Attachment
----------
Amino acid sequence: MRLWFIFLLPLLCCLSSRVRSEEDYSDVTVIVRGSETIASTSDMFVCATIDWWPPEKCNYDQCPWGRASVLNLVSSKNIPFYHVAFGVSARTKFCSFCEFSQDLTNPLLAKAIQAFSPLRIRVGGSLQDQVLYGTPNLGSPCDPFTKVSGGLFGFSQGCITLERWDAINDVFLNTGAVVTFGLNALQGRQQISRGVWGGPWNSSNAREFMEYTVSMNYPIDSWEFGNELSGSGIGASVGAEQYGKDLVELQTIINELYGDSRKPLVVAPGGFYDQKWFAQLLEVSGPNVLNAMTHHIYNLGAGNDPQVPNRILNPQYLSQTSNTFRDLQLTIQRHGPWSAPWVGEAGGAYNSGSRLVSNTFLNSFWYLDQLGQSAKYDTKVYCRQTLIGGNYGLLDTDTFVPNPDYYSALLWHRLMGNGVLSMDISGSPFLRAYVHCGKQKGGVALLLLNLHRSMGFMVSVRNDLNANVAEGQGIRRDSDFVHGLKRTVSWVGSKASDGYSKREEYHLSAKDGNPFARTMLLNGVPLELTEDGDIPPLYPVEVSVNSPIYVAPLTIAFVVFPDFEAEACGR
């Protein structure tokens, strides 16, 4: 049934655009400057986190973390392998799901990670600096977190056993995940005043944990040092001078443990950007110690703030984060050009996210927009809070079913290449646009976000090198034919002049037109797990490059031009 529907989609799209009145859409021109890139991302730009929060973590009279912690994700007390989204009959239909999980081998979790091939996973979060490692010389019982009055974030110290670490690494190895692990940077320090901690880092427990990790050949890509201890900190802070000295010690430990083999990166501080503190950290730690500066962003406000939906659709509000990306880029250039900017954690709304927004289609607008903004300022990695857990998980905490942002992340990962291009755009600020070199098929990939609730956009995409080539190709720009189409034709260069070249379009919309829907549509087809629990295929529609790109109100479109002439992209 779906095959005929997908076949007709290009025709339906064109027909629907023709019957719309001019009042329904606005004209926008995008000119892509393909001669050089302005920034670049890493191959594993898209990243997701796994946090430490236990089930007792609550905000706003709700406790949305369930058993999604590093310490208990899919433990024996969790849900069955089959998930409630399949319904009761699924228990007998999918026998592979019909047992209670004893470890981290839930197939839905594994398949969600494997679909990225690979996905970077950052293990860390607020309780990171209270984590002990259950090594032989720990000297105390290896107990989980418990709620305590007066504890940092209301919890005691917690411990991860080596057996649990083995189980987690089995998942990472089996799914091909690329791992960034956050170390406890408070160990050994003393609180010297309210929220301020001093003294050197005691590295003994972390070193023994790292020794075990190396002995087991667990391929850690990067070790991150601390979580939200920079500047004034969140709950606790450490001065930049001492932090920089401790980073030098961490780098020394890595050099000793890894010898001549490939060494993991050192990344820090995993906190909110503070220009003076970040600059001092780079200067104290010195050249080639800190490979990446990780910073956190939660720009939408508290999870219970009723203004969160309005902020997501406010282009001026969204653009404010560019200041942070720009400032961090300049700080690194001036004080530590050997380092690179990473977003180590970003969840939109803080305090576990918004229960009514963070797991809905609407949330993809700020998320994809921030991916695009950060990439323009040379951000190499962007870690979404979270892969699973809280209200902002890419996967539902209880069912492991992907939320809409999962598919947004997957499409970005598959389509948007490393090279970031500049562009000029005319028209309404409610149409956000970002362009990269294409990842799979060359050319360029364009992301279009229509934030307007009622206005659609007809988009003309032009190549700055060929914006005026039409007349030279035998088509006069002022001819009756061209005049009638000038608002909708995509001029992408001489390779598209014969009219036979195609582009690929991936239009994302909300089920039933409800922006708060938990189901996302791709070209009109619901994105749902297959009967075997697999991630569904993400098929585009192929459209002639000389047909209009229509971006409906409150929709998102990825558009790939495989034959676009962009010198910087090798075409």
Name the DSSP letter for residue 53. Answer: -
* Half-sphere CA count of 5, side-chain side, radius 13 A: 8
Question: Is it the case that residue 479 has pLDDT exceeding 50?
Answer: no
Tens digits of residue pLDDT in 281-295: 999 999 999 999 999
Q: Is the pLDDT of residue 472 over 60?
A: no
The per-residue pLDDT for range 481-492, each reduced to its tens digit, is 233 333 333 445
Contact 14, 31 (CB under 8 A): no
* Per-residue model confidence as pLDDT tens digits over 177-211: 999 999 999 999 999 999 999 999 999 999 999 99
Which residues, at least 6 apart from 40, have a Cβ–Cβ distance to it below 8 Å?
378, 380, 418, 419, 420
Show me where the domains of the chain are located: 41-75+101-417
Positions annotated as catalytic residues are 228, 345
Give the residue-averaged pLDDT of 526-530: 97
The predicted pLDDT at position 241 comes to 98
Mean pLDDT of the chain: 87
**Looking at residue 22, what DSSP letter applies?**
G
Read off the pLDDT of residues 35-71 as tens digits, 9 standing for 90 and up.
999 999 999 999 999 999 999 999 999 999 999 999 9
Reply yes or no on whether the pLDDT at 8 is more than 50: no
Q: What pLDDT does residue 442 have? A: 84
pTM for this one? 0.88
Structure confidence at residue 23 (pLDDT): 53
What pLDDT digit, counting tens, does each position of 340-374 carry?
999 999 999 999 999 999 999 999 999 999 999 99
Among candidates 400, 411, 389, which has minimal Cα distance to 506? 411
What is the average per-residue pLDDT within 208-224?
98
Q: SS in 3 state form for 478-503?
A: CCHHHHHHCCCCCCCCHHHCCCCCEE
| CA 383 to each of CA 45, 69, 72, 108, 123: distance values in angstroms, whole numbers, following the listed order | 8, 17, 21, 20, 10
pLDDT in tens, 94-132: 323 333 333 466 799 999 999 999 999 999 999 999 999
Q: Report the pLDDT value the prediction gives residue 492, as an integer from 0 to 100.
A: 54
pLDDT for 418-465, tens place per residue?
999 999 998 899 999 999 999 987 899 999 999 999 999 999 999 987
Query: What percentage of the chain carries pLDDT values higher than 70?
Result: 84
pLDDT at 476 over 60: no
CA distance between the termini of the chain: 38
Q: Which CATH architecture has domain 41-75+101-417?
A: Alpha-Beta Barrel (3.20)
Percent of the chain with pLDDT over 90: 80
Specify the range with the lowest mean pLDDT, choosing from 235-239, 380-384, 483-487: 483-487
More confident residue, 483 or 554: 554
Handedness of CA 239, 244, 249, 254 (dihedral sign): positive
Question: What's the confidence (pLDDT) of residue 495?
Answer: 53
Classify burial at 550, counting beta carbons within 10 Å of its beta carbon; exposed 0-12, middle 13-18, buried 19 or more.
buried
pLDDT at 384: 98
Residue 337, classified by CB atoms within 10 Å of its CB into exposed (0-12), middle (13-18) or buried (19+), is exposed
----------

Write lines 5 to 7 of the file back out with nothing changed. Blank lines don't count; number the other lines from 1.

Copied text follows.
Question: Is it the case that residue 479 has pLDDT exceeding 50?
Answer: no
Tens digits of residue pLDDT in 281-295: 999 999 999 999 999